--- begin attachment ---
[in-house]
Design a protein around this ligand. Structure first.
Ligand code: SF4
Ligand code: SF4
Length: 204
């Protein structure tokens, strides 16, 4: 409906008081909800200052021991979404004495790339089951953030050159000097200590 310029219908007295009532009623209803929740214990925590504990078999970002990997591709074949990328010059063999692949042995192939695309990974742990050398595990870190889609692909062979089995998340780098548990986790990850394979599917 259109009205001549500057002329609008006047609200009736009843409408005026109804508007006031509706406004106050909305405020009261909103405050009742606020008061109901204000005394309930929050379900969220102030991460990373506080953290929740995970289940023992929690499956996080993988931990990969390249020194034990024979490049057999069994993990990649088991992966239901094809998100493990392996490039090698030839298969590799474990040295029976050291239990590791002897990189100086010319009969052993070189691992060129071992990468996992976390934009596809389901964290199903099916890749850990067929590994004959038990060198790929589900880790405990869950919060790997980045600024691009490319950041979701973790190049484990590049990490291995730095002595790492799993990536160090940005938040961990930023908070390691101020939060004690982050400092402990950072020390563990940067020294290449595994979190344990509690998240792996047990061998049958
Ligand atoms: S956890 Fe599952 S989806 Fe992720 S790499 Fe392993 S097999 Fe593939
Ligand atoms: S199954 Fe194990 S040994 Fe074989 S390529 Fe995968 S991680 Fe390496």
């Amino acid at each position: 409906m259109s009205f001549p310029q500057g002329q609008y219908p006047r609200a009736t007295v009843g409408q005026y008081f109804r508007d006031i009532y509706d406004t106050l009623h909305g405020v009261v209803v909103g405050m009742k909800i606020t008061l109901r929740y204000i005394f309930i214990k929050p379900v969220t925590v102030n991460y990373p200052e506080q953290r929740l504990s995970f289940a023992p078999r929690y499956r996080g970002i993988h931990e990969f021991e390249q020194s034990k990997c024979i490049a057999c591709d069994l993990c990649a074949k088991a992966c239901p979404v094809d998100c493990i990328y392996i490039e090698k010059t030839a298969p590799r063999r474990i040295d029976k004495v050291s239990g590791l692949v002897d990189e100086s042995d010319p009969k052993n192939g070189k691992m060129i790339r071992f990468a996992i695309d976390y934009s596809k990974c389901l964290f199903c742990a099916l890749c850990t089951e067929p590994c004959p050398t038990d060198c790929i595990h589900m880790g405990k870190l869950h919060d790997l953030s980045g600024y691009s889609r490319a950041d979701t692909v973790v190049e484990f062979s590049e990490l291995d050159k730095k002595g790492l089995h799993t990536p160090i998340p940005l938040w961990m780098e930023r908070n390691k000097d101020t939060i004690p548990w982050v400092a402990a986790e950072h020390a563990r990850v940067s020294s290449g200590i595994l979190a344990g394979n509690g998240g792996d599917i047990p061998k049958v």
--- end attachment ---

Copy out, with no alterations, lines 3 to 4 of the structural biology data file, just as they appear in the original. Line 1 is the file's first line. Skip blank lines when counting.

Ligand code: SF4
Ligand code: SF4